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Credit Insights

Skeptical Corporate Bond Market Ignores BOJ's Negative Interest Rate Policy, Waits for Yellen's Testimony

Economic conditions not as bad as headlines appear.

Two weeks ago, the Bank of Japan announced that it would begin a negative interest rate policy. Most asset markets popped higher on the news, as many investors thought this monetary action would help stoke global economic growth. However, the corporate bond market did not strengthen as other risk assets did and seemed to be skeptical that the monetary policy action would be the panacea to cure economic ills. This foreshadowing by the corporate bond market was borne out last week as the temporary pop in asset prices was short-lived and most markets slid lower. In the equity markets, the S&P 500 dropped 3.1% and among the major commodities, oil fell $2.75 to $31 per barrel.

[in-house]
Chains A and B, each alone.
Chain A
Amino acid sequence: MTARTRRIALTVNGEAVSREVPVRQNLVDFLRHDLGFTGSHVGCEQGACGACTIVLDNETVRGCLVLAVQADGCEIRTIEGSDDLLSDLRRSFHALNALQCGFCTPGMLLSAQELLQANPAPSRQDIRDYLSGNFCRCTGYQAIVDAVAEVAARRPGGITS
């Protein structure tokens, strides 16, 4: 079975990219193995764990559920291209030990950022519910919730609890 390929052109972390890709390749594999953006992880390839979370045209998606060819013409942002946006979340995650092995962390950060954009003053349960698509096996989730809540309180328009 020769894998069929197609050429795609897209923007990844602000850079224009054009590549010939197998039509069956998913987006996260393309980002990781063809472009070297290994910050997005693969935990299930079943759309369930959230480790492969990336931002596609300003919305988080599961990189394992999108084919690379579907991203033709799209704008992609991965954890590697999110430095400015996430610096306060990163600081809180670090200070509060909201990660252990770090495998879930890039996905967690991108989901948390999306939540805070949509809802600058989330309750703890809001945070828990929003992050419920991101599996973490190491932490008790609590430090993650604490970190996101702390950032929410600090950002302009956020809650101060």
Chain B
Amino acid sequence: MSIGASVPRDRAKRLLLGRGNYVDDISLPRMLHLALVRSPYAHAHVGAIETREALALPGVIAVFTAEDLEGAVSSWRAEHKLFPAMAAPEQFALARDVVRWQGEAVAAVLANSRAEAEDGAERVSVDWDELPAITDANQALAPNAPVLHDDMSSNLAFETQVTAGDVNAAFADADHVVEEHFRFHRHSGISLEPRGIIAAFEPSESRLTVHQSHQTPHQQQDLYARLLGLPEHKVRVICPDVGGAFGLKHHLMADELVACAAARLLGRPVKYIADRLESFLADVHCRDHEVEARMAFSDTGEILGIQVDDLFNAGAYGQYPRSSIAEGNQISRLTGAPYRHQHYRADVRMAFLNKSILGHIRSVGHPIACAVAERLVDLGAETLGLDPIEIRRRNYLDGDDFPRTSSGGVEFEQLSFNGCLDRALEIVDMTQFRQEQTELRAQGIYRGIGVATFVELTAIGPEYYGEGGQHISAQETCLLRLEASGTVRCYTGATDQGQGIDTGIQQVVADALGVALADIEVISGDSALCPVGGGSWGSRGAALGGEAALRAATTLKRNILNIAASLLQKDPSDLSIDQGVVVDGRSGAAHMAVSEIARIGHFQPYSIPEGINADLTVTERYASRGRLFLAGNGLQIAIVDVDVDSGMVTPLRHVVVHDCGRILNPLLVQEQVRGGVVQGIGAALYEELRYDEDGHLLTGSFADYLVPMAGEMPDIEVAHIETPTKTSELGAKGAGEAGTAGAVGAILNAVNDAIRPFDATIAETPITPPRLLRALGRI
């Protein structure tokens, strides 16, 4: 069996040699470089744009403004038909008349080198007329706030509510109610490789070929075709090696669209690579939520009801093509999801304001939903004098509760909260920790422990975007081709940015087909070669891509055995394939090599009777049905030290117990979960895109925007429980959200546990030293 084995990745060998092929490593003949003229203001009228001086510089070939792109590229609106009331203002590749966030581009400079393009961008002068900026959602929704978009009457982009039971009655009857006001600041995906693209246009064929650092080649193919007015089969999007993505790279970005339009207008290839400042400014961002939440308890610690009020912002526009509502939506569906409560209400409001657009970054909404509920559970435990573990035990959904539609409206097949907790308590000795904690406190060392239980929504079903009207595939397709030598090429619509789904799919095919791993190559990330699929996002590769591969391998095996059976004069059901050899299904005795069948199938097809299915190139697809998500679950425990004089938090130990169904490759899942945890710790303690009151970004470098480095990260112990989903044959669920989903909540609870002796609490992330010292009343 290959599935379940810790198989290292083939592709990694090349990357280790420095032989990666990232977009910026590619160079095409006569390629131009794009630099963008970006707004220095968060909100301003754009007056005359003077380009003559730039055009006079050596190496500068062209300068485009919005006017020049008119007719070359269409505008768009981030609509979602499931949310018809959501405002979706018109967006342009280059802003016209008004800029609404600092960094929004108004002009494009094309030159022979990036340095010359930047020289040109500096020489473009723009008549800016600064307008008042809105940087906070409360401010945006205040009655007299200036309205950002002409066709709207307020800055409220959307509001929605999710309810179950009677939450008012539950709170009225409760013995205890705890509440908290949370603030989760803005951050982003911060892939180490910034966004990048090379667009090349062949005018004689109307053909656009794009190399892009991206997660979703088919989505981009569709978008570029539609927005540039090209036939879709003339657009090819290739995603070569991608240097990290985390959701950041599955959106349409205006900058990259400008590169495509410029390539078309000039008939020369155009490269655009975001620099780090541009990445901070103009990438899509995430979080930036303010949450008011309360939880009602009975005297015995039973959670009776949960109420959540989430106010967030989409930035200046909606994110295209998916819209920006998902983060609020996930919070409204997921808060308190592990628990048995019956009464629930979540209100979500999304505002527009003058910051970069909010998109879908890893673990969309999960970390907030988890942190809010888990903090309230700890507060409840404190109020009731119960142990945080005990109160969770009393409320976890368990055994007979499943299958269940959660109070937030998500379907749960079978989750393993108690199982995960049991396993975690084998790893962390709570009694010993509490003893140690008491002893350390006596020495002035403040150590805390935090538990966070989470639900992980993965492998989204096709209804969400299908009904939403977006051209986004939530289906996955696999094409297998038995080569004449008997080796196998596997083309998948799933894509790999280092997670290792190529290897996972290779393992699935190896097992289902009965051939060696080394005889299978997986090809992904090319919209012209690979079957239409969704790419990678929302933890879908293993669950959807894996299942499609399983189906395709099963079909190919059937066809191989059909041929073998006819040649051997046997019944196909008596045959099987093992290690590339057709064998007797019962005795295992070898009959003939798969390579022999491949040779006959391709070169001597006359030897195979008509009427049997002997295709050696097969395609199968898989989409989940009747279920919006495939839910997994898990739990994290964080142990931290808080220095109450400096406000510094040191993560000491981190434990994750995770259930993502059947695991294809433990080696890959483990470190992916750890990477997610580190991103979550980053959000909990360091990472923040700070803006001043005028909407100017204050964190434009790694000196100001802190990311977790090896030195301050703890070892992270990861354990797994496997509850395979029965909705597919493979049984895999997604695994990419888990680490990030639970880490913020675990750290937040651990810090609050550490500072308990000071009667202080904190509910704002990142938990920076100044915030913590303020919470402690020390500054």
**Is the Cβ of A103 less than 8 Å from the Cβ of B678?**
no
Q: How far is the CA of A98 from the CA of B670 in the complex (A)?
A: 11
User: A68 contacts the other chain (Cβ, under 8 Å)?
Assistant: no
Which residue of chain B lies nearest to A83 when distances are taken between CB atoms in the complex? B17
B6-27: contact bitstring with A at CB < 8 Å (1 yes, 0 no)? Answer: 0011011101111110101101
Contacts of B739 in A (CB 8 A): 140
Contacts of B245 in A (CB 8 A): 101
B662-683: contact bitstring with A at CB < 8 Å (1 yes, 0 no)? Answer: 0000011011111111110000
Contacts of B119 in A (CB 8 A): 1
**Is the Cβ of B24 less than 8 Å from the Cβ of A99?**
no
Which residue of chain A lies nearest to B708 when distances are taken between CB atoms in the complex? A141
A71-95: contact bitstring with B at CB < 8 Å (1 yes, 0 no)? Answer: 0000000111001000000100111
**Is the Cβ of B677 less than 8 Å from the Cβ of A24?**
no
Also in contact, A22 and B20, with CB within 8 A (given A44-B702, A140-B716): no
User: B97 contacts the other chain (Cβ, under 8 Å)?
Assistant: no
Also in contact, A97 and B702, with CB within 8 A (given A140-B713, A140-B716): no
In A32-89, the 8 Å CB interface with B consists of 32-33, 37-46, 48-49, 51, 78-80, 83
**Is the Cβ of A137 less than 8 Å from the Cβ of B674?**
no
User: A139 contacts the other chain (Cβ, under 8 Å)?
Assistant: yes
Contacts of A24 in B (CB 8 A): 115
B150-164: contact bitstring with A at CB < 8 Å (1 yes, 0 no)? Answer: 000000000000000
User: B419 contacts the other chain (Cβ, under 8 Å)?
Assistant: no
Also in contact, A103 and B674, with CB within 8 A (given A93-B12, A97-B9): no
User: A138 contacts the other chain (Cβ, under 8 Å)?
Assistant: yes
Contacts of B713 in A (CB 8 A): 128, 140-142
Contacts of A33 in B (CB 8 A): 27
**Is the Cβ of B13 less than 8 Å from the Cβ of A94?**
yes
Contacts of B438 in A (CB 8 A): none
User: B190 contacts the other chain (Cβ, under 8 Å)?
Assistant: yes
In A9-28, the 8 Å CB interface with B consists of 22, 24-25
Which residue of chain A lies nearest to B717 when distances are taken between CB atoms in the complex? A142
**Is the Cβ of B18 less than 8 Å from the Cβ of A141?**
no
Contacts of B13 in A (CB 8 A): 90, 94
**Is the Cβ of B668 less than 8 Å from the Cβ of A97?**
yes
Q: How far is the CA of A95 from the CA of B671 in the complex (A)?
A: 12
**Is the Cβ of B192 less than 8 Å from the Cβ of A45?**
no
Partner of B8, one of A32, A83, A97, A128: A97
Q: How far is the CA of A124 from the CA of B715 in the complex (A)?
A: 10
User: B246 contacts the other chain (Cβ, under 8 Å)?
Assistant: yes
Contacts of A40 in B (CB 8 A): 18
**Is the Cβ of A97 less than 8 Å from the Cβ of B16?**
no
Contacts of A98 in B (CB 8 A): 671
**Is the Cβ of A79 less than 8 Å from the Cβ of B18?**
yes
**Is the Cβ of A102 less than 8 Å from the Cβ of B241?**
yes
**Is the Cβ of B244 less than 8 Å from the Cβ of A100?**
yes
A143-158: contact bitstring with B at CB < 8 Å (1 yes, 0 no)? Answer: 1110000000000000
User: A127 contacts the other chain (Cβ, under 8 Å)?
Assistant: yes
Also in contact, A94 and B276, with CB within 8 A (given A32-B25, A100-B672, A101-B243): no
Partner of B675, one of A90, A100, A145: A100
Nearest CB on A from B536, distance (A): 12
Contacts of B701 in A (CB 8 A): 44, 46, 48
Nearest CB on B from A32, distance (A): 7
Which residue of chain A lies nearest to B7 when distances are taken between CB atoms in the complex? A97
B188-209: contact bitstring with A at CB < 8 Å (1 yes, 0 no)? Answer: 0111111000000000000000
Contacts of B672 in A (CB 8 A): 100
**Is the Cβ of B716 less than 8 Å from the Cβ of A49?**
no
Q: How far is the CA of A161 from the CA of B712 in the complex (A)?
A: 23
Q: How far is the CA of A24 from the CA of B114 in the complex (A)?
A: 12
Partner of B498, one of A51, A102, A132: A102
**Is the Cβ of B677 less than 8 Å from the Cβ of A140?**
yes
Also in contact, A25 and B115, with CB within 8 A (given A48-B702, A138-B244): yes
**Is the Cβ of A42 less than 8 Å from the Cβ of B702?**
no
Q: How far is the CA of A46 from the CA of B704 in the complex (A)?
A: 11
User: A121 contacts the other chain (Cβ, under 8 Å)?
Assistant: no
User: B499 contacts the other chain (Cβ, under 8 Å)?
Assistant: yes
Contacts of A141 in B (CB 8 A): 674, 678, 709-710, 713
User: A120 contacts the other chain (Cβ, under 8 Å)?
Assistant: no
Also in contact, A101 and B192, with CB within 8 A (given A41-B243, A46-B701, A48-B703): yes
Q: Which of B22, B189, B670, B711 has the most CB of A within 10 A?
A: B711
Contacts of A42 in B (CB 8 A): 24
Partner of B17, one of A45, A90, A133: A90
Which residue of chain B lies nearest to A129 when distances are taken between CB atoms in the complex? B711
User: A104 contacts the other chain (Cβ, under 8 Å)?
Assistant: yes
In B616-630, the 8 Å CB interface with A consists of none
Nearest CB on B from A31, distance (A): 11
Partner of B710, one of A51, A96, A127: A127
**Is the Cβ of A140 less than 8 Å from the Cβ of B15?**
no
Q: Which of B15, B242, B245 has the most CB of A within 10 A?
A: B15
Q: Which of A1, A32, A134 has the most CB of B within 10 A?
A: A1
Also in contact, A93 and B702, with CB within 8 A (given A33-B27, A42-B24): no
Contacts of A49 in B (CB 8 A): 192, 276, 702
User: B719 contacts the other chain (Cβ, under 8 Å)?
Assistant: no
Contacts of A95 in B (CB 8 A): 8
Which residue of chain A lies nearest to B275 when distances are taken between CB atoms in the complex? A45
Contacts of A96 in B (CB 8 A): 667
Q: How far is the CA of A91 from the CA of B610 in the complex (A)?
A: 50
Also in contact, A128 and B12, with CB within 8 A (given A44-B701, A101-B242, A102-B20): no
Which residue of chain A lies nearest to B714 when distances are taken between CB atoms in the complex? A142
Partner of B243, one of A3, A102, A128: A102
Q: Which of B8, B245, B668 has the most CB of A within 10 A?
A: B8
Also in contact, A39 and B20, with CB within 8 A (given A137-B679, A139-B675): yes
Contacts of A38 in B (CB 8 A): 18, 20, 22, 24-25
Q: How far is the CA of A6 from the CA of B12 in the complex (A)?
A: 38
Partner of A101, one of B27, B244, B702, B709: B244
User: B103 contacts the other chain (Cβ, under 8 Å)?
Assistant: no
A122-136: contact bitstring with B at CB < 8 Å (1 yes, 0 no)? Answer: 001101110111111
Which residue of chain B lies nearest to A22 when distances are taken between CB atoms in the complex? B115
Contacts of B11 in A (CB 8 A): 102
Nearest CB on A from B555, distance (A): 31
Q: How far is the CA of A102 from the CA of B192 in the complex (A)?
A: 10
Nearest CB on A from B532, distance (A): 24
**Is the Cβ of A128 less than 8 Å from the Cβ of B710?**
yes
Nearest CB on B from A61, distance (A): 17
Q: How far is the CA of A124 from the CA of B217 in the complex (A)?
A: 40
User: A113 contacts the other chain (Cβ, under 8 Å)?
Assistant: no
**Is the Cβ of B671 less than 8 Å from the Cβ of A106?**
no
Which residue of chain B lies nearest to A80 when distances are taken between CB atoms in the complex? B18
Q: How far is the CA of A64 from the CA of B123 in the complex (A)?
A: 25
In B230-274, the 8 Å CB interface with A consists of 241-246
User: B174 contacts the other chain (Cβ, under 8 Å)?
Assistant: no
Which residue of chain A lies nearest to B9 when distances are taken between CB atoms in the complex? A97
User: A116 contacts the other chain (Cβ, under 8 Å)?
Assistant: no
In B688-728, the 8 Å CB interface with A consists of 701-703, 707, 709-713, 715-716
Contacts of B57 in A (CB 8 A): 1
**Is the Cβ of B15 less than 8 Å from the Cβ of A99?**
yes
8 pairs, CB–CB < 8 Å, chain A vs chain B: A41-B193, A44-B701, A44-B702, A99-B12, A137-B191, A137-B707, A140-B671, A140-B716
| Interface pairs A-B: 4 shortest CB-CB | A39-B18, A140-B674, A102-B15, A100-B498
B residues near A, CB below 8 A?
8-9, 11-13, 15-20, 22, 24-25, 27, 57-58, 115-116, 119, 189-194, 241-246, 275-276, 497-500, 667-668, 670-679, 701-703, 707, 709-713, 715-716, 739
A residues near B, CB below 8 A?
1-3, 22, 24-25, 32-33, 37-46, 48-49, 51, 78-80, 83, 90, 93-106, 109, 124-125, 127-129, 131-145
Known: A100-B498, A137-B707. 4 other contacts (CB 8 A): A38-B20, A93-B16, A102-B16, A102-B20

The average spread of the Morningstar Corporate Bond Index (our proxy for the investment-grade corporate bond market) widened 7 basis points last week to +205. The spread of the Bank of America Merrill Lynch High Yield Master II Index widened 36 basis points to +810. Further highlighting the low demand for risk assets, the new issue market for corporate bonds came to a near standstill. The window to the new issue market for corporate bonds was not necessarily closed, but only a handful of issuers braved the market volatility. Typically, issuers and their investment bankers will decide early in the morning if market conditions support bringing new deals to market. Considering the volatility in both the overnight and premarket markets, these go/no-go calls required a high degree of agility, as oftentimes what appeared to be a supportive market overnight quickly turned downward as U.S. equity futures markets opened.